Parboiled rice may attract export levy

The government is exploring to impose a 20% duty on non-basmati parboiled rice exports, while an MEP of around $1,250 per tonne could be levied on basmati rice, two officials aware of the plan said on condition of anonymity. However, the decision will depend on several factors, including domestic rice prices, they added.

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MEP, first implemented on basmati rice in FY11 to deter exports, is typically implemented to contain surging domestic prices because of production disruptions.

The move being explored aims to stop aggressive exports by falsely labelling shipments as those of basmati rice. “The ban on non-basmati white rice exports led people to ship non-basmati white rice containers under basmati HS (harmonised system) code, which is causing aggressive exports and consequently pushing up prices domestically, one of the government officials said. “Exports of basmati rice have been noticed to be more than the production. How can that be possible? Therefore, the government is considering imposing MEP of around $1,250 per tonne.”

In the first three months of the current fiscal, India, which accounts for about 80% of basmati rice trade globally, exported the premium variety to 75 countries. In nine of these countries, the price was less than $1,000 per tonne, constituting 4% of the total export quantity, the official said.

Basmati rice exports in the June quarter were about 1.17 million tonnes (mt), against the previous year’s 1.13 mt. The latest data could not be accessed as the Directorate General of Commercial Intelligence and Statistics is still compiling it.

In the case of parboiled rice, firm prices have been a concern despite the government restricting exports of non-basmati white rice on 20 July. Prices of parboiled rice have risen 19% since April in the domestic market and 26% in the international market, while the export quantity and value of the rice variety shot up 21% and more than 35%, respectively.

Currently, all-India average retail parboiled rice is available at 37-38 a kg and 92-93 for basmati rice. Free-on-board (FoB) parboiled rice price is around $500 a tonne and $1,000 a tonne for basmati varieties, traders said. India has a share of around 25-30% of the global parboiled rice trade.

According to economists, retail inflation in rice was 13% in July, compared to 12% in June and 4.3% in July 2022.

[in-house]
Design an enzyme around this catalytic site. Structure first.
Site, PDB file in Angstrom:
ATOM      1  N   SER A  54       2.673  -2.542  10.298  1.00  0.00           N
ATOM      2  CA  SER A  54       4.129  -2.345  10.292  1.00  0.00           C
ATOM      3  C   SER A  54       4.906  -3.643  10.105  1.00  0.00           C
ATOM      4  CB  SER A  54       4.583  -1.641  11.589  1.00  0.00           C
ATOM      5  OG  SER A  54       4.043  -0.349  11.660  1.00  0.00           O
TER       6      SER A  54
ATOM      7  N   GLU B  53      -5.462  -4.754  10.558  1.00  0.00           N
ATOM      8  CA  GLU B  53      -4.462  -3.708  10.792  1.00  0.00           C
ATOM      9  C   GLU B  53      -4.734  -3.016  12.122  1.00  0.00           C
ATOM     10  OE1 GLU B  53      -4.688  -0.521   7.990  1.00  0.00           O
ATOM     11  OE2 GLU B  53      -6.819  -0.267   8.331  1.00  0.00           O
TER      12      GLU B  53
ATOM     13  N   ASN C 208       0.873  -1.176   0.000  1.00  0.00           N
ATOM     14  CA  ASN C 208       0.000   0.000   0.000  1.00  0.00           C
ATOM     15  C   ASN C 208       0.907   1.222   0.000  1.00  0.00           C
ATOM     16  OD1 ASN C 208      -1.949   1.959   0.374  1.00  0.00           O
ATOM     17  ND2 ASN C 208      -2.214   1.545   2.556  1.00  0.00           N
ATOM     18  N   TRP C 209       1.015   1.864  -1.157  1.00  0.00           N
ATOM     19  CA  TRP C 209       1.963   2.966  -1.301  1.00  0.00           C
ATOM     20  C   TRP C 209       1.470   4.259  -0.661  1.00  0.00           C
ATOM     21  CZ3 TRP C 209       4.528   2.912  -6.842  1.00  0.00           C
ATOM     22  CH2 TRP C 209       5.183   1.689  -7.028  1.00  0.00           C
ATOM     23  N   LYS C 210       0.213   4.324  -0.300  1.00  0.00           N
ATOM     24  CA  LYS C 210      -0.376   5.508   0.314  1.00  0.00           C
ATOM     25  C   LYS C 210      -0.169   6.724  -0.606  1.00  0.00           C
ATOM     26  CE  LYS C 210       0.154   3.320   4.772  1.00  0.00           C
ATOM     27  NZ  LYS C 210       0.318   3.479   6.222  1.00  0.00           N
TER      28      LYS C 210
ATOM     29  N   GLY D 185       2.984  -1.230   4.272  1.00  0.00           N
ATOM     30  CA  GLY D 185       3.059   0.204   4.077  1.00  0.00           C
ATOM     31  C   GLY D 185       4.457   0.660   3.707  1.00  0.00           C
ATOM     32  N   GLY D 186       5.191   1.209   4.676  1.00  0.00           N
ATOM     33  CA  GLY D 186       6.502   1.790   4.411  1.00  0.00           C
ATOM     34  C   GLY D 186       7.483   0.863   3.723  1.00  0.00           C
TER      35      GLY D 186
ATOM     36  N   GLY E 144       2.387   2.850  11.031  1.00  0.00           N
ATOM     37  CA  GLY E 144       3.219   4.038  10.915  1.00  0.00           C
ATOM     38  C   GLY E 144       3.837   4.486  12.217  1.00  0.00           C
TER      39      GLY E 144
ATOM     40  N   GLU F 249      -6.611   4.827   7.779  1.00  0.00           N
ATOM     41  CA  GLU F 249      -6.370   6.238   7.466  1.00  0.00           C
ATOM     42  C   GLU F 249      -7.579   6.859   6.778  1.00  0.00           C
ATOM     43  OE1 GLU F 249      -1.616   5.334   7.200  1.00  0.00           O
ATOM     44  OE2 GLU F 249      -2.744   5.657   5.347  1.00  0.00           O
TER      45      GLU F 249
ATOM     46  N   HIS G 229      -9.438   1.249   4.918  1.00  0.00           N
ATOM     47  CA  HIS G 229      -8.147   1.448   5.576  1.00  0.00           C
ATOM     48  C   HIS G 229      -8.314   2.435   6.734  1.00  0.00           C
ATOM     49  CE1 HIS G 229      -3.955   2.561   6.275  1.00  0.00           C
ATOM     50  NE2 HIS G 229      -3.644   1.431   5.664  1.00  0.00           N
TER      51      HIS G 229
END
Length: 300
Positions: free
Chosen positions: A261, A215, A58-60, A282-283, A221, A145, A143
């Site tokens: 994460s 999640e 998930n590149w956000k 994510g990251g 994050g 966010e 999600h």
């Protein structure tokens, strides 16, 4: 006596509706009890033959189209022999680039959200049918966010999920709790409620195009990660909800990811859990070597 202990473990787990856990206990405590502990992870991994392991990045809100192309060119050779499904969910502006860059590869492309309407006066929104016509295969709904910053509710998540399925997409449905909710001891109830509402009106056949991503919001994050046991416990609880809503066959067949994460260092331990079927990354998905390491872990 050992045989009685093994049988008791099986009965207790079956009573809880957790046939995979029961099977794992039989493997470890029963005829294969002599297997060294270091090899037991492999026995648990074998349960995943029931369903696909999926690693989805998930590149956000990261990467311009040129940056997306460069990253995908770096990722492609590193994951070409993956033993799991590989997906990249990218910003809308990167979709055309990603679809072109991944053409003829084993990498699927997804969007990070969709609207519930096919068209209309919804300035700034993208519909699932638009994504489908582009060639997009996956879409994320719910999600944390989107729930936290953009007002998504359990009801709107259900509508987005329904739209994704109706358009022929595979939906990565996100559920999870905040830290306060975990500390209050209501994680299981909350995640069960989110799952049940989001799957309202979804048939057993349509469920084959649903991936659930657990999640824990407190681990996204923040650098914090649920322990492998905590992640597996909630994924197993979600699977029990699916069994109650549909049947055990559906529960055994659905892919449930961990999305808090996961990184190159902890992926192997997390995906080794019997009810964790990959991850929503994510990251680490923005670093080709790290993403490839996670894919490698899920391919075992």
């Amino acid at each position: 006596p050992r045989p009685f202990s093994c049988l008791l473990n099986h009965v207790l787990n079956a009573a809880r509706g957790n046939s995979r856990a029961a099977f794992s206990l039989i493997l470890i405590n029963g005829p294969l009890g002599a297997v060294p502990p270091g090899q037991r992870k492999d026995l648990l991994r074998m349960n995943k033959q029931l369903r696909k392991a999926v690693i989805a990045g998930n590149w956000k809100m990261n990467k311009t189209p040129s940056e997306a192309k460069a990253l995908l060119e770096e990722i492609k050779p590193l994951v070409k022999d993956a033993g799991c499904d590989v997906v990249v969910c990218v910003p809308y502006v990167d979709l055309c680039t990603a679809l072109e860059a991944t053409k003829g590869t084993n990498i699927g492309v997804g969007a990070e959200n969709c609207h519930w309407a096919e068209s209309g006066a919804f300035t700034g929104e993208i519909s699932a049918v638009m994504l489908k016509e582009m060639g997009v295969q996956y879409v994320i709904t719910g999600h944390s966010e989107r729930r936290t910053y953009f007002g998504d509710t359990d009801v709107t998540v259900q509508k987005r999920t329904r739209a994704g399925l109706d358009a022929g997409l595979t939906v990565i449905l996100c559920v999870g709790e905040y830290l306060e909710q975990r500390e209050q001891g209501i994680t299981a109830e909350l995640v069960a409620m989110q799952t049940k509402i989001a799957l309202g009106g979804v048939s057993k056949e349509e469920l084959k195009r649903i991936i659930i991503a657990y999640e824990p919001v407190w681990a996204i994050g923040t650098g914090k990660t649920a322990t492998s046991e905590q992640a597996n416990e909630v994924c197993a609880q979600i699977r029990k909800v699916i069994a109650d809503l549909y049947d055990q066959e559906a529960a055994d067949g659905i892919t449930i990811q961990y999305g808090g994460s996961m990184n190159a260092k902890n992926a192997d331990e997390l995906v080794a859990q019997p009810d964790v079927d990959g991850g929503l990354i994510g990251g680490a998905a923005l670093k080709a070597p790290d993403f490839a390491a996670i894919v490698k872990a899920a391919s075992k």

While demand for basmati from the Gulf Cooperation Council countries and European nations has gone up by 5-7% post-India’s 20 July ban, vulnerable nations in West Africa are shifting to Indian parboiled rice to meet their domestic consumption amid an uptrend in international prices of rice offered by other nations.

As a result, India exported about 3.1 mt of parboiled rice so far in the current fiscal as against 2.58 mt during the corresponding period last fiscal, according to government data. The aggressive export of parboiled rice has sparked concerns as rice prices remain firm despite July’s intervention, and because of this, the government is considering a duty restriction on parboiled rice exports, the second government official said. “The duty could be 20%. However, a definite figure is difficult to say as the final call will be taken by top authorities.”

Meanwhile, Union food secretary Sanjeev Chopra told news agencies that there is “no proposal, as of now, to restrict exports of parboiled non-basmati rice.”

Chopra did not respond to calls and texts seeking comments. Queries sent to the spokespeople for ministries of food and public distribution, commerce and finance ministry, and the Directorate General of Foreign Trade remained unanswered at press time.

Rice exporting companies say they have been receiving more queries after the export ban on non-basmati white rice. “Usually, we get 2-3 queries each day for basmati around this time of the year, but since the imposition of export duty on non-basmati white rice, we have been receiving 4-5 queries,” said one of the leading rice exporters on condition of anonymity.

The government, on 20 July, amended the export policy of non-basmati white rice from ‘free with the export duty of 20%’ to ‘prohibited’ to ensure adequate availability of the above variety in the Indian market and to allay the rise in prices in the domestic market. It had taken a similar decision for broken rice exports last September.

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Updated: 23 Aug 2023, 12:20 AM IST

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